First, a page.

CIA analyst Jack Ryan must thwart the plans of a terrorist faction that threatens to induce a catastrophic conflict between the United States and Russia's newly elected president by detonating a nuclear weapon at a football game in Baltimore.
Through dramatization, this series relates the story of the conquest of the moon by the Americans, from the Mercury and Gemini projects to the legendary Apollo missions. Written by
Steve Richer <email@example.com>
The lunar module (LM) seen in several episodes up close, is in fact a real lunar module. It was originally scheduled to go to the Moon as part of the Apollo 18 flight; NASA budget cuts forced Apollo 18's cancellation, but the LM was saved and eventually used in filming this miniseries. It is now enshrined in a museum. In some episodes, we can see a bus-like craft which takes the astronauts from NASA down to the pad at Cape Kennedy just prior to launch. This bus is also the real thing, which the real astronauts all used. See more »
On several occasions we see the descent engine of the lunar module blowing a bright white flame like a Star Wars spaceship. In actuality, the hypergolic fuels used in the LM did not produce a visible plume. In the vaccuum of space, the only visible effect would be the dust being blown away or, in the case of the ascent engine, the descent stage being blown apart. See more »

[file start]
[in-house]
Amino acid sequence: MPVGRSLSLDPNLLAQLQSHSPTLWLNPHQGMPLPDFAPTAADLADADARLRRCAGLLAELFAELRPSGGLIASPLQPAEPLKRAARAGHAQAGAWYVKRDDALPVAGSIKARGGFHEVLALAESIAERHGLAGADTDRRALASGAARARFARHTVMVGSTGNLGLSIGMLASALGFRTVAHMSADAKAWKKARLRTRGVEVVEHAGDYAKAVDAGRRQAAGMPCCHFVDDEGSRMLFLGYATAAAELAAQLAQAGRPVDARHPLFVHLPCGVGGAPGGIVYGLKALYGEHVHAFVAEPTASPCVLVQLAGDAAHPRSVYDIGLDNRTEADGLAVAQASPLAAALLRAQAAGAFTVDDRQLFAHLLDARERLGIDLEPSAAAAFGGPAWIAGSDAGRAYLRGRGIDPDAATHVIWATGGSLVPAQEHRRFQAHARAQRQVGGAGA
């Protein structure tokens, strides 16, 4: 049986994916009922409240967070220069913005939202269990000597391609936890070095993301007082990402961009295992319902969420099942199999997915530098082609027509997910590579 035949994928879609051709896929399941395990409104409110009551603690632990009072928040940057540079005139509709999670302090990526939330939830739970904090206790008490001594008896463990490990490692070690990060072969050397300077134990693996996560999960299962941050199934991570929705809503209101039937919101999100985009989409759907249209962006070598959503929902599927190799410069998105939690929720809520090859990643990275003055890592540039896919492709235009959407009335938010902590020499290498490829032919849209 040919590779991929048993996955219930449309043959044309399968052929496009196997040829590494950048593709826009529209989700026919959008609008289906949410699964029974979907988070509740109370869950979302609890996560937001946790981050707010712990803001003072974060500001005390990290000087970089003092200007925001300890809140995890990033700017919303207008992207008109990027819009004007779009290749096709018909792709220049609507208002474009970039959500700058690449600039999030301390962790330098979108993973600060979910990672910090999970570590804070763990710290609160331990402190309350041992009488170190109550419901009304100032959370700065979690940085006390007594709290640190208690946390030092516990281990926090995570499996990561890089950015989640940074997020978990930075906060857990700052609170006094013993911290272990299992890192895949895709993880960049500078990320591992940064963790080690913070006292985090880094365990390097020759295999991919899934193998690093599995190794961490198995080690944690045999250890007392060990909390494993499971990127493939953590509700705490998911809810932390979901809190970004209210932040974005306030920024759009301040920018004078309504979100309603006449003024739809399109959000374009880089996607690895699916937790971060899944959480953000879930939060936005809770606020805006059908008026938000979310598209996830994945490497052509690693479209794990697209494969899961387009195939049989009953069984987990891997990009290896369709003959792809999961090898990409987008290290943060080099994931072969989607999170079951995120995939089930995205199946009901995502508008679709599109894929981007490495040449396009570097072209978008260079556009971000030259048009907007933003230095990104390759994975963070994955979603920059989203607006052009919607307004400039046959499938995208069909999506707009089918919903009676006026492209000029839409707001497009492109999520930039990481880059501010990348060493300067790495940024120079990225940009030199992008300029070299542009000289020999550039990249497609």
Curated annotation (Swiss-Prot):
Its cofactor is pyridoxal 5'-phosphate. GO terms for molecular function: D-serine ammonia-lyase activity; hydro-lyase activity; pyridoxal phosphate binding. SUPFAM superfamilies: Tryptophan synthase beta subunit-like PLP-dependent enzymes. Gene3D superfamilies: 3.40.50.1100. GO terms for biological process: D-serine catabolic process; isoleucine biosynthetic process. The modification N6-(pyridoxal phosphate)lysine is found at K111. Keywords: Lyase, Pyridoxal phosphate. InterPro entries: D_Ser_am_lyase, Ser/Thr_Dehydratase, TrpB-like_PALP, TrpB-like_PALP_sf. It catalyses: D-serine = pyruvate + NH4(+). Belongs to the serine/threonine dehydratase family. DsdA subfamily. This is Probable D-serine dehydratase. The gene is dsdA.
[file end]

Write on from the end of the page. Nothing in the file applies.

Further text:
[after Kennedy is assassinated]
President Lyndon Johnson:
A great leader is dead. A great nation must move on. And as we bow our heads in submission to divine providence, let us thank God for the years that He gave us inspiration, through His servant, John F. Kennedy.
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This miniseries is fantastic. As a self titled space geek, I enjoyed every minute. Not only does it tell the story of how we got to the Moon, it tells about the individual astronauts and many who helped get them there. After Alan Shepard had his 15 minutes as the first American in space, JFK made it clear that we needed to get to the Moon by 1970. The mini series details every step of the way, touching on the Apollo 1 disaster, all the steps to getting to the Moon (staying in orbit, space walks, docking, etc), the development of the Lunar Modules, and the inevitable voyage of Apollo 11 that landed on the Moon. I especially enjoyed Dave Foley as Al Bean, an astronaut on Apollo 12 (the funny episode). From the Earth to the Moon also details the NASA/press relationship, astronaut training, the astronaut wives, etc. It's such details and perspective that make this stand out as an amazing miniseries. I recommend this to anyone who wants to know more about the Apollo program. Truly an amazing story of arguably the greatest technological achievement of man to date.
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